Many people love the scents and medicinal properties of essential oils. However, the majority of essential oils are terrible for your cat. Knowing how to use oils safely around cats and how to help them in the event they're exposed is important for any pet owner.
Why Cats Shouldn't Have Essential Oils
Cat's have a different liver structure than humans. Essential oils can be absorbed rapidly into your kitty through their skin, mouth, and nose. Once oils have been absorbed into your kitty, the cat may begin to show signs of illness. The real trouble here is that a cat's liver has no way to metabolize the oil – it just keeps building up in their liver. If they're continually exposed to these oils, it could lead to liver failure and death.
There is massive debate as to what oils are safe for cats. The majority of the oils on the market today are not safe for them. In most cases, it's best to contact a veterinarian, like those at Northwest Animal Hospital, to determine if the oil is safe.
Using Oils Safely
You can still use essential oils safely even with cats in your home. Generally, you want to use them in a space that your cats don't have access. If you decide to use a few drops of oil in your tubs, wash the surface thoroughly with soap and water afterwards. Avoid petting your cat if you decide to use oils directly on your skin. Cats love to groom, and if you pet them after using an oil, they'll ingest it when they groom.
Many household products such as candles, homemade cleaners, and potpourris contain essential oils. The oils can be difficult to avoid. However, there are alternatives. The safest alternative to scented candles and potpourri is to simmer aromatics in a pot of water on your stove. You can also omit the oil in many homemade cleaners and look for a safe substitute.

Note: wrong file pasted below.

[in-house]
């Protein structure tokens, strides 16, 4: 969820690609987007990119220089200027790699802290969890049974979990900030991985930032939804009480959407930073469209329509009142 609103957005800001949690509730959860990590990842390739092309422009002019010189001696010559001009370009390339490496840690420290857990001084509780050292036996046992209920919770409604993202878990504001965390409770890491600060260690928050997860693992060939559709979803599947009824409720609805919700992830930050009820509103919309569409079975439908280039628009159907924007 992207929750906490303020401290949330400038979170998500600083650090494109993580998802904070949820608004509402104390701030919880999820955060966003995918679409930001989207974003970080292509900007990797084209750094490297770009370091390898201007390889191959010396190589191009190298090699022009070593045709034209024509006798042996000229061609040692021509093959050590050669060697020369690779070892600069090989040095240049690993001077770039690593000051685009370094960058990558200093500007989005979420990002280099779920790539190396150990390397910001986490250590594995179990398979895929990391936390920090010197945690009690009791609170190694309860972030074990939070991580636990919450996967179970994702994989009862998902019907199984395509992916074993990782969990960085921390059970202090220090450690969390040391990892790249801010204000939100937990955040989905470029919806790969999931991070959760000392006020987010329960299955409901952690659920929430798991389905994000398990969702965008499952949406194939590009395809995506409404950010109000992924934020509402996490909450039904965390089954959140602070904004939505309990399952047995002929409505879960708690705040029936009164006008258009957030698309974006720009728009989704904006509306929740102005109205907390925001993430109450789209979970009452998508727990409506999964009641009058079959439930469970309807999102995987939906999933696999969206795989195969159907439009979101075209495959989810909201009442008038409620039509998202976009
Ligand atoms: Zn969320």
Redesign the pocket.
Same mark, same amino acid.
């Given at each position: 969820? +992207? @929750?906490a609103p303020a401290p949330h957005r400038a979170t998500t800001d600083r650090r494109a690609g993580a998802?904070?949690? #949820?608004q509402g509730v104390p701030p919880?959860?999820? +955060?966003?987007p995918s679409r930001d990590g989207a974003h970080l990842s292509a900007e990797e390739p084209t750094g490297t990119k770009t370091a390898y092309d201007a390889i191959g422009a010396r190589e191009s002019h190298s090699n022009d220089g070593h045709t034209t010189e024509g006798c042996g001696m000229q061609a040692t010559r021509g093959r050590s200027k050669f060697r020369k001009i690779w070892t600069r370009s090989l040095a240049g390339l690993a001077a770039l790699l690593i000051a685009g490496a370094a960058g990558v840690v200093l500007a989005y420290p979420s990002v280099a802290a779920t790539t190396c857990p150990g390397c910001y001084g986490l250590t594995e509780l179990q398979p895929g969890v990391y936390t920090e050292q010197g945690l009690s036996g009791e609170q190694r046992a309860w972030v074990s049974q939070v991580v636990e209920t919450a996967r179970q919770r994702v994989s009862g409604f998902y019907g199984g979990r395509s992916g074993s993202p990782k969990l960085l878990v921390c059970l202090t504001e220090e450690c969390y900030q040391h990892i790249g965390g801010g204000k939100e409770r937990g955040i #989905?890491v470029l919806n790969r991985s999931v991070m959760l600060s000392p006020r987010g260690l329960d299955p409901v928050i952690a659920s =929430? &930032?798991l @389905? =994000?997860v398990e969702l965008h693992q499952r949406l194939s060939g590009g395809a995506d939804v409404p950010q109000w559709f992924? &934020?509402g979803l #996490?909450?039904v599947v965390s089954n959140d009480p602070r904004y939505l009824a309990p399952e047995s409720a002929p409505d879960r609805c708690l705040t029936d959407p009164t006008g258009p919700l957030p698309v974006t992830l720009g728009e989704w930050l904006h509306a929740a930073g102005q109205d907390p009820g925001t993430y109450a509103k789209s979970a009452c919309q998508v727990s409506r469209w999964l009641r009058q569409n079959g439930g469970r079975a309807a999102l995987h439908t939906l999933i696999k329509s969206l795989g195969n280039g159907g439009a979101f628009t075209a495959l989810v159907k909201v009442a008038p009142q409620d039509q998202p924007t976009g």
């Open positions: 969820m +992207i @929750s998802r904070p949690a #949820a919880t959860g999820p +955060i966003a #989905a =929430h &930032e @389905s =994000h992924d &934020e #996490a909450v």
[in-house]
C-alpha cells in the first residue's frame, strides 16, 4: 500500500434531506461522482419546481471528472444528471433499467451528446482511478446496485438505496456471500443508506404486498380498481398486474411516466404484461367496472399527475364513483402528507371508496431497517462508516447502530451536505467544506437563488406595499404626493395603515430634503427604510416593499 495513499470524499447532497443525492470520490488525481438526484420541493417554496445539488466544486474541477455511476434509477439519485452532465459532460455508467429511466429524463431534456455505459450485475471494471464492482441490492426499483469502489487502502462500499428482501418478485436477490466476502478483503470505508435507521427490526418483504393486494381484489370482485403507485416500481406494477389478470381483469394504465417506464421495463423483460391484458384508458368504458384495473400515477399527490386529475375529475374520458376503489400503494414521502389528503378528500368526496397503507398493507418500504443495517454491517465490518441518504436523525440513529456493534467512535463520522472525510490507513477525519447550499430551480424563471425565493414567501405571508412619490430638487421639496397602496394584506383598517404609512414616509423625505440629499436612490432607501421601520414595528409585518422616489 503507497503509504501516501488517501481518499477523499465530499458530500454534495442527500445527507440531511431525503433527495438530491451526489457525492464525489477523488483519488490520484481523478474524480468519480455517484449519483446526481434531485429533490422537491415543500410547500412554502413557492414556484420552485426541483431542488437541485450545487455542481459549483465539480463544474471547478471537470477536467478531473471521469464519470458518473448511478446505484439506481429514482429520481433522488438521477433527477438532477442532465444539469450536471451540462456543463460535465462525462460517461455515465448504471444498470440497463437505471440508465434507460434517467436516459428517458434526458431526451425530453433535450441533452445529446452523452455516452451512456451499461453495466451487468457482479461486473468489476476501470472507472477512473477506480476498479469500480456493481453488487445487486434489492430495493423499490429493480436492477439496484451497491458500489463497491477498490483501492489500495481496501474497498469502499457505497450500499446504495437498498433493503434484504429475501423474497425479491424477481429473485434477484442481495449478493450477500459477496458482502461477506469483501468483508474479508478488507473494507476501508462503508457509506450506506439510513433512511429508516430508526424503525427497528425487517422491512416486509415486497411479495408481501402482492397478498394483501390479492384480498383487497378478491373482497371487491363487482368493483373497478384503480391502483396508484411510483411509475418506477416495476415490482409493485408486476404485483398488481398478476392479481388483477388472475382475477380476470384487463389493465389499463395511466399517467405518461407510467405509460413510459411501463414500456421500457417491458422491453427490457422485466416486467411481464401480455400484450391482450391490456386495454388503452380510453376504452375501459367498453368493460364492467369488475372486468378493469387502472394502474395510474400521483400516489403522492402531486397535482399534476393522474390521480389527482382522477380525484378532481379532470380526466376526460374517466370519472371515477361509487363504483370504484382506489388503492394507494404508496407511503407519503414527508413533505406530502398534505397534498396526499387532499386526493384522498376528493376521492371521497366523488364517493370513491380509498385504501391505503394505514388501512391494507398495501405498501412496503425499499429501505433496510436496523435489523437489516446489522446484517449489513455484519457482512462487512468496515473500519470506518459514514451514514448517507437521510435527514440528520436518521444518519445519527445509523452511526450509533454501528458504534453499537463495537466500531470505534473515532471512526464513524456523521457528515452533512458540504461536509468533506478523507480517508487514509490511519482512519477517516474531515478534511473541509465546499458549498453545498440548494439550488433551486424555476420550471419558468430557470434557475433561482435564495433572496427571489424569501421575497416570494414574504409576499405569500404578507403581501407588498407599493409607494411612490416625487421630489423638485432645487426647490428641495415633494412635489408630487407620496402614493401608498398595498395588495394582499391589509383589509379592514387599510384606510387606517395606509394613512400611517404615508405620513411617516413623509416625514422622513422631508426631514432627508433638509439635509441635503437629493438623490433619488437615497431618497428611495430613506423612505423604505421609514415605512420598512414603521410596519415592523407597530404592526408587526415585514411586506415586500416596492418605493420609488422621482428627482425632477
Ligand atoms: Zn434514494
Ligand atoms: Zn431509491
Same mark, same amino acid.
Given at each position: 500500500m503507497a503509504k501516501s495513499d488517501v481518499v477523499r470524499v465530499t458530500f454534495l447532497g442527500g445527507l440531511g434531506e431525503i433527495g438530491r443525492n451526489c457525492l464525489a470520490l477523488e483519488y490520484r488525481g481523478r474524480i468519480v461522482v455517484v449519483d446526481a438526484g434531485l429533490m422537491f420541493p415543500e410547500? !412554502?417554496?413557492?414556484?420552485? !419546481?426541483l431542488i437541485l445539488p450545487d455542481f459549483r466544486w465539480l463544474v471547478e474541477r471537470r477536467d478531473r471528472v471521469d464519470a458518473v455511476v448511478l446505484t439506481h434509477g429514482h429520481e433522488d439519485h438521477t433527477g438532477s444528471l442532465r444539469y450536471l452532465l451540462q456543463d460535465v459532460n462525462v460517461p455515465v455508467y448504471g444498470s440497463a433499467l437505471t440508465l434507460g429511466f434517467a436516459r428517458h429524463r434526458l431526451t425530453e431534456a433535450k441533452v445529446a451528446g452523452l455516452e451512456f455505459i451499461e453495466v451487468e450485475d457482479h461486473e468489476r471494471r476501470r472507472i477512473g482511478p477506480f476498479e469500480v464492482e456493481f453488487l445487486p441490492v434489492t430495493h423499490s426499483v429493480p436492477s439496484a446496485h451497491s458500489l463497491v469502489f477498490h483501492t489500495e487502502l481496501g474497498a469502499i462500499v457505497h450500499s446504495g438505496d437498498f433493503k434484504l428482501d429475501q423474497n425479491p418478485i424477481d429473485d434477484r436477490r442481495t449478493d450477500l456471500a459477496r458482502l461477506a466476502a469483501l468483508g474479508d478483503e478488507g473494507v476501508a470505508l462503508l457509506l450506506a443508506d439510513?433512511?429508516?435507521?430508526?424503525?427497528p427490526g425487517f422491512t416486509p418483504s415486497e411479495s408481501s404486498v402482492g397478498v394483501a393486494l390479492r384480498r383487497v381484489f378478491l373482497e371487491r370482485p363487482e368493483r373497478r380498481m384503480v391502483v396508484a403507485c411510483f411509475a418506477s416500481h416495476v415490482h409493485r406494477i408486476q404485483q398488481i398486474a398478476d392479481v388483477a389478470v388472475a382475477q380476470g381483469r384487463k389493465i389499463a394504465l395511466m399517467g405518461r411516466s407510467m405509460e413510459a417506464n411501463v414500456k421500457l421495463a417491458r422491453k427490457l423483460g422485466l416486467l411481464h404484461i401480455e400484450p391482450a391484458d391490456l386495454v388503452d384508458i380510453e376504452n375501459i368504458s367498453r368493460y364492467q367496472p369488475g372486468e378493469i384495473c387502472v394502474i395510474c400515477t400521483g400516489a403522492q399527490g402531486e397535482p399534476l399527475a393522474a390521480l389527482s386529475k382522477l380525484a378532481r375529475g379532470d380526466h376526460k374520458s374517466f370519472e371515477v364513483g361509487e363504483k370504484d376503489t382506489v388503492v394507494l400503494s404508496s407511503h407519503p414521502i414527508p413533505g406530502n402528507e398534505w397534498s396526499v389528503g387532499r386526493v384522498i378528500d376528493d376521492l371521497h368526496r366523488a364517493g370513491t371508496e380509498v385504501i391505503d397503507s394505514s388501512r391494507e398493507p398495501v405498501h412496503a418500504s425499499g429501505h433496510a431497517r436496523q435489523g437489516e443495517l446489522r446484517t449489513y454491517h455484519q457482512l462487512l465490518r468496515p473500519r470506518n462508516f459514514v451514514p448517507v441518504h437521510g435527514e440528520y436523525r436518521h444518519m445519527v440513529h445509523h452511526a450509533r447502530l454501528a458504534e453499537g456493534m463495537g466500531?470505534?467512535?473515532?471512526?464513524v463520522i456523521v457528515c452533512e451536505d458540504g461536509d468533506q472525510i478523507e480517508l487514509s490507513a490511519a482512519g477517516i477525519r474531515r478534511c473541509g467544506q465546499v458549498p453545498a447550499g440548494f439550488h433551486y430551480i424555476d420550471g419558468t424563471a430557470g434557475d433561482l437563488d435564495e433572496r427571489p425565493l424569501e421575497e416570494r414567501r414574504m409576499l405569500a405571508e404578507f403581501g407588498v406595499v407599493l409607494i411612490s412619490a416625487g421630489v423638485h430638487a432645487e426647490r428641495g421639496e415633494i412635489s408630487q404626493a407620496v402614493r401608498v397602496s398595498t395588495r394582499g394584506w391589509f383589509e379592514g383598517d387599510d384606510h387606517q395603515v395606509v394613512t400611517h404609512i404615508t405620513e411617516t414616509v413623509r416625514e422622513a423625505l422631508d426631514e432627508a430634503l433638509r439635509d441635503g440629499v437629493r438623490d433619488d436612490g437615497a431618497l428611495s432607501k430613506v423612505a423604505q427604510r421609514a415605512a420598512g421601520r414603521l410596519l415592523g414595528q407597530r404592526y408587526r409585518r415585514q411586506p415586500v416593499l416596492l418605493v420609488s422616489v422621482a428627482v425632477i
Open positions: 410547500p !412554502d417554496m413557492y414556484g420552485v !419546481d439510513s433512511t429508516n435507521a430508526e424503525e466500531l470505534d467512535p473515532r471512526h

What To Do If Your Cat Has Been Exposed
Cats that have been exposed to essential oils may show signs of lethargy, vomiting, difficulty breathing, and difficulty walking. Some exposed cats may even have seizures.
If you know the product that caused the reaction, you should place it in a sealed bag. Then, you should rush your cat to the vet. Once there, your vet may perform blood work and prescribe medication to support your cat's liver. If your cat's esophagus has been burned from the oil, a feeding tube may be necessary. There is no antidote for essential oil poisoning because your cat's liver has no way to metabolize the oil. Only patience and supportive care can help heal your cat after exposure.
If you want to use essential oils around your cat, you should always consult your veterinarian first. Your veterinarian has a wealth of information to offer as to what substances are safe for your cat.